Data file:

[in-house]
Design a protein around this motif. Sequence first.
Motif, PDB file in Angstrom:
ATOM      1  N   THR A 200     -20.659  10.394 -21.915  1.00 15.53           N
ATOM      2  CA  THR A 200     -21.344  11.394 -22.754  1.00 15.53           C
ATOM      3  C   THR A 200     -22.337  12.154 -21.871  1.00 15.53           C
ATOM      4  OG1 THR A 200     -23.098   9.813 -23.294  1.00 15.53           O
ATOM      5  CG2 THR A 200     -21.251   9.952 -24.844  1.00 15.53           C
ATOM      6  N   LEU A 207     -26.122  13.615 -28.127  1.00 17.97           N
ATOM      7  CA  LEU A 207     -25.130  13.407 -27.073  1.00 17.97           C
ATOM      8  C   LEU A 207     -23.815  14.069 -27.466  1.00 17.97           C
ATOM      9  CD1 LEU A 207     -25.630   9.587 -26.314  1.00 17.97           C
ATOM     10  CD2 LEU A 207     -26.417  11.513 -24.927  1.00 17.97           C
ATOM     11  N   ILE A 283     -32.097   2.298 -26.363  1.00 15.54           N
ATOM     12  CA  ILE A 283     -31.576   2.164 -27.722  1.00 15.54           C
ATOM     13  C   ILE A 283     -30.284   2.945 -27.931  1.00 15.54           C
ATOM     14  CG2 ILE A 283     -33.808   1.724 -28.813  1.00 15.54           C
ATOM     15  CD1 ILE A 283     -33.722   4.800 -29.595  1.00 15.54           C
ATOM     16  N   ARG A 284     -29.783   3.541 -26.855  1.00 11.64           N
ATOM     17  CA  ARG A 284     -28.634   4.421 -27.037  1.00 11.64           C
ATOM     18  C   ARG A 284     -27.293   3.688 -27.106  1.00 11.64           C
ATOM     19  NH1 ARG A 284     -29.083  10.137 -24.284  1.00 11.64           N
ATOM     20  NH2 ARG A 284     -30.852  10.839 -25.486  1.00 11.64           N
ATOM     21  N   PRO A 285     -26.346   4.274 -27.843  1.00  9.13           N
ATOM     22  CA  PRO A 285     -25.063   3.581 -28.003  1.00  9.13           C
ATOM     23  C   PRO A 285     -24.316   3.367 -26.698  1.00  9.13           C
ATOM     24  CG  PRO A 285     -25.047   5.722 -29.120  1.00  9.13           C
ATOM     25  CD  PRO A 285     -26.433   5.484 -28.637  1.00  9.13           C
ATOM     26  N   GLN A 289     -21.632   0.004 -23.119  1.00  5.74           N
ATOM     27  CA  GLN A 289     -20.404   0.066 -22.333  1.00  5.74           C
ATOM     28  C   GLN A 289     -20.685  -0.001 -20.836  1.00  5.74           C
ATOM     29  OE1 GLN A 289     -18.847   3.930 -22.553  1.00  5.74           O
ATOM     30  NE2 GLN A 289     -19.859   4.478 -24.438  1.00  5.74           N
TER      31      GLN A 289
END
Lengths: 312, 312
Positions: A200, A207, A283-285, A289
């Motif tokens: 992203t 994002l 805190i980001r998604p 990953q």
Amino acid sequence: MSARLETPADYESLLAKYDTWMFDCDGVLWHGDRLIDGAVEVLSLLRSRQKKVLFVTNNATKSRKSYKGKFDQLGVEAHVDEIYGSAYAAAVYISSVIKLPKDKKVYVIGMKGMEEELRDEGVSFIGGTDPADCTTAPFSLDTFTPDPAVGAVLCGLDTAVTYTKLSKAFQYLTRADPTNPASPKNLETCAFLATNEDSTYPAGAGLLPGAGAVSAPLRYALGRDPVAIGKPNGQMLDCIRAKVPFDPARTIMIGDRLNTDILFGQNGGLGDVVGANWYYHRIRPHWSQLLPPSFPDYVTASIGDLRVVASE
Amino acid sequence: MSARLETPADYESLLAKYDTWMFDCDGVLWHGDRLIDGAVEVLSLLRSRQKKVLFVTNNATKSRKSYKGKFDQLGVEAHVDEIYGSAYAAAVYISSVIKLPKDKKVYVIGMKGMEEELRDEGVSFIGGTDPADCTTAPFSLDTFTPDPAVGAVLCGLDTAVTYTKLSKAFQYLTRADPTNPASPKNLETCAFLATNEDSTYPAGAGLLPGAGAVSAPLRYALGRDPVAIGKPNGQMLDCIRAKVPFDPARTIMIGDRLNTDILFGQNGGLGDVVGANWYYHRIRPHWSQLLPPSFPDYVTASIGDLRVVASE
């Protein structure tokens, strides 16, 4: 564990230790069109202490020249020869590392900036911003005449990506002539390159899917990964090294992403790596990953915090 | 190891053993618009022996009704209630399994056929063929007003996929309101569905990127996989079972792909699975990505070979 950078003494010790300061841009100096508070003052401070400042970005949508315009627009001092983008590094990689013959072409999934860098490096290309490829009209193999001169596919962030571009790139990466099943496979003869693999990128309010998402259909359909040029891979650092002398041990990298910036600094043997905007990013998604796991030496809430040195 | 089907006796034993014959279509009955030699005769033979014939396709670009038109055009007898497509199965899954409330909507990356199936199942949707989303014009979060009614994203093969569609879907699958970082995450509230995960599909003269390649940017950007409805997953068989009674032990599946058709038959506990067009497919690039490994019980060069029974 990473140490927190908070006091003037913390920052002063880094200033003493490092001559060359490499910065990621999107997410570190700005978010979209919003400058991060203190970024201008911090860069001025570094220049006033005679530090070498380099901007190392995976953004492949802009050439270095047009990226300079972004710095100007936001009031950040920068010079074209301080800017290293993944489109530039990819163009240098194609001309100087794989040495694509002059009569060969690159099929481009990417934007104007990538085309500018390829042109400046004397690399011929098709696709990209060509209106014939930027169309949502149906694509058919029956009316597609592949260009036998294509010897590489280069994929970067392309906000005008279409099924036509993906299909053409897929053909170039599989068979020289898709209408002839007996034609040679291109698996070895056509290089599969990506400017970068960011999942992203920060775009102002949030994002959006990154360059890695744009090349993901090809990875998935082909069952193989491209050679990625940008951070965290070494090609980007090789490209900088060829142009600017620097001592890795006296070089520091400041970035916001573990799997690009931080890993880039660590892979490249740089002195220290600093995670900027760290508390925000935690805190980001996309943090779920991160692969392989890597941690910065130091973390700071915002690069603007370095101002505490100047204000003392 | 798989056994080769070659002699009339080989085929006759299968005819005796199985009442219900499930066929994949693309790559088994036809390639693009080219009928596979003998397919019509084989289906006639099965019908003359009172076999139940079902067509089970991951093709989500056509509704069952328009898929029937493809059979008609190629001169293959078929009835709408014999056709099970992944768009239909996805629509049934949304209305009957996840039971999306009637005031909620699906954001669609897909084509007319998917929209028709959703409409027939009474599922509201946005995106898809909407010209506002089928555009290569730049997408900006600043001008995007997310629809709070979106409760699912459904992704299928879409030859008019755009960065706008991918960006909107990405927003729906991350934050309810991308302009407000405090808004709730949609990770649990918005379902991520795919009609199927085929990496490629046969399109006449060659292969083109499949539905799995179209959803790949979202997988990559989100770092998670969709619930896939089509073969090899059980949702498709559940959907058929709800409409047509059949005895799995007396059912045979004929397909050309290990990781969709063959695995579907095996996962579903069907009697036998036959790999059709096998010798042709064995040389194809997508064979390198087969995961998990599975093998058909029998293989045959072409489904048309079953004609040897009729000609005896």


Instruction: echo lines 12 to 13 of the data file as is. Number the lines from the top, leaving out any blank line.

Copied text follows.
ATOM      9  CD1 LEU A 207     -25.630   9.587 -26.314  1.00 17.97           C
ATOM     10  CD2 LEU A 207     -26.417  11.513 -24.927  1.00 17.97           C